Monday, January 10, 2005

Rathergate Report: Lacking Meat or Just the Facts? 

Well, there really is just one topic today, and if we were to witness the Second Coming, complete with CNN 24/7 coverage of the Whore of Babylon's arrival, at least half of the blogosphere wouldn't loose its step in pouring over and analyzing the (too) long anticipated report on Dan Rather's fateful 60 Minutes report.

Many blogs that tend to line up right of the line (or do so quite proudly) are left hungry for more striking findings from the report. For example, Hugh Hewitt uses the term "whitewash" and characterizes the language used as "an abdication by the Panel of the central question." Jim Geraghty (at the now anachronistically-named "Kerry Spot") concludes the investigation "did CBS and the readers of this report a disservice for not addressing [the political bias] issue a little tougher." Interestingly, while I do not regularly read more left-leaning blogs regularly, I did take a quick tour and the only mention I saw of the report was Oliver Willis' use of it to draw a (faulty) comparison between the four who lost their jobs at CBS over a "faulty report" and the fact the no one has lost their in the White House over "faulty intelligence." Go figure.

I'll admit on the front end that I haven't read the entire report, but the parts I've seen seem to be very focused on the facts uncovered. The checking and verification practices normally used to get a story like this to air that were not followed in this case constitute findings of facts. Why those practices weren't followed constitute opinion. I believe the clear decision to try and stick to facts was chosen not only to satisfy their employer (CBS) but also to try and create a document that was, in its conclusions, largely unassailable by both left and right. In short, I see this report not as the final word, but more as an agreed to framework within which all can begin discussion of opinion.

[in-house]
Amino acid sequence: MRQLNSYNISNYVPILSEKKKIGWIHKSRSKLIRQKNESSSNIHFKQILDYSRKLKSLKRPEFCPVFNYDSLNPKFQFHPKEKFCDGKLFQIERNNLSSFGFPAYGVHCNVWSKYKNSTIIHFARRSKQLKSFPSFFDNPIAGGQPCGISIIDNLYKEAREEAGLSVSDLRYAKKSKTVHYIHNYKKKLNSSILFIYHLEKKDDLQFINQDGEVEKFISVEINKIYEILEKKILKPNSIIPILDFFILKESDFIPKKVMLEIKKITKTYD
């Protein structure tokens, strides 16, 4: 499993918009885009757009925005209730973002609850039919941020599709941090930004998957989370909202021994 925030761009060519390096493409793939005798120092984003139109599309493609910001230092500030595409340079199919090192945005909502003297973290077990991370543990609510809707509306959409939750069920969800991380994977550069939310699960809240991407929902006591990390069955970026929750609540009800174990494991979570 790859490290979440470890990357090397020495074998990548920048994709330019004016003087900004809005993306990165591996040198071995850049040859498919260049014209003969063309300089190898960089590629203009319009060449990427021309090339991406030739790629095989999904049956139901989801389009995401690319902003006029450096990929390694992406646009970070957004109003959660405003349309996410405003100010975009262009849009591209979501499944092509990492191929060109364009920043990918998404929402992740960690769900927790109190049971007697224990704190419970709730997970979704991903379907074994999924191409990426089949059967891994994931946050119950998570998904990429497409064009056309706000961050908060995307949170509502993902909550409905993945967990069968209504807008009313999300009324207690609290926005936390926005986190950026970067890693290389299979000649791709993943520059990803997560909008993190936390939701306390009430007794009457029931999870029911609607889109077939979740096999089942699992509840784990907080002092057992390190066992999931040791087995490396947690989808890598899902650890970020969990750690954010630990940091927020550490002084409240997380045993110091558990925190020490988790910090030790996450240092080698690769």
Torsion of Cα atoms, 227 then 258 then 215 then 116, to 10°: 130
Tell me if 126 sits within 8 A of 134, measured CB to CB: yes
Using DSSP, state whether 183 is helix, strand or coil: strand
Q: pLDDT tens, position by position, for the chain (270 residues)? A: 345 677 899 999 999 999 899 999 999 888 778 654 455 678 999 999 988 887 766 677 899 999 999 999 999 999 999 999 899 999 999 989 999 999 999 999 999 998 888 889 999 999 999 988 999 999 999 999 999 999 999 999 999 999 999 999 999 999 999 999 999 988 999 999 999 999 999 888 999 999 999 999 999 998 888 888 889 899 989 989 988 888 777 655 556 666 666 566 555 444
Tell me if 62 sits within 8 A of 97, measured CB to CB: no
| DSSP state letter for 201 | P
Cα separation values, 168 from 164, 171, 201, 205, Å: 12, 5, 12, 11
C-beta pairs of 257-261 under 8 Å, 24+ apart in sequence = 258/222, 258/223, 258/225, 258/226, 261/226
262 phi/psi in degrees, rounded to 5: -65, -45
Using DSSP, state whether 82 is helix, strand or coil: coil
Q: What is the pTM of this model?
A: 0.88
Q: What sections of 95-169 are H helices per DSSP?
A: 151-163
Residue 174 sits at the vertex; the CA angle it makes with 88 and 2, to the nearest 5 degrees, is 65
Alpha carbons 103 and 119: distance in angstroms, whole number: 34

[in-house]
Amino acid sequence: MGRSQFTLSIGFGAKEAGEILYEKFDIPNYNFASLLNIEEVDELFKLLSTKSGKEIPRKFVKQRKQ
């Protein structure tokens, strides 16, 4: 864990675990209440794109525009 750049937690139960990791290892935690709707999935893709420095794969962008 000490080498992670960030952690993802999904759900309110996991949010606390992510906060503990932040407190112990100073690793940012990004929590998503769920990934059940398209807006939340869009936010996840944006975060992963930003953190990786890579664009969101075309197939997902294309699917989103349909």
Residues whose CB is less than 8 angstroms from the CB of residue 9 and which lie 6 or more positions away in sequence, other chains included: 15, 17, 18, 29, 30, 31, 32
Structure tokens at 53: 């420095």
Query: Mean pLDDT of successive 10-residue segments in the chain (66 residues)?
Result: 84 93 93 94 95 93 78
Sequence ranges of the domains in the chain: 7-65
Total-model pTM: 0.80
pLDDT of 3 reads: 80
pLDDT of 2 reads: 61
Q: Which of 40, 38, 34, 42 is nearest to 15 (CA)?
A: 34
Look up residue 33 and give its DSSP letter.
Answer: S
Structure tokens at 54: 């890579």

For example, while the report doesn't offer the red meat of a finding of political partisanship so strongly desired, it does offer sufficient agreed to facts that supporting such a claim with this document isn't that difficult. While not directly citing political bias, it does mention "a zealous belief in the truth of the segment [that] led many to disregard some fundamental journalistic principles." What, then could have been the cause for this zealous belief, a belief Dan Rather still has and expresses? Political bias is, of course, the most logical.

Do I think this report is the end-all, be-all wonder of the times? No, but I think it may be the best that could realistically have been hoped for. Personally, I would like nothing better than everyone in the entire CBS news organization that touched the story to be up in front of a grand jury answering for attempted election fraud, but I don't think there is such a crime, nor am I comfortable with a government that can do such a thing. It really is a no-win situation. That is not to say, however, that CBS doesn't loose too. Granted there are lots of people who base their news viewership upon who wears the nicest tie or has the best legs, and nothing that was ever to come from this report would have much affect upon them. But among the informed consumers of news, and especially network news and news programs, this report is just another reminder that these people can't be trusted.

The report certainly isn't perfect, but then again what is?

This page is powered by Blogger. Isn't yours?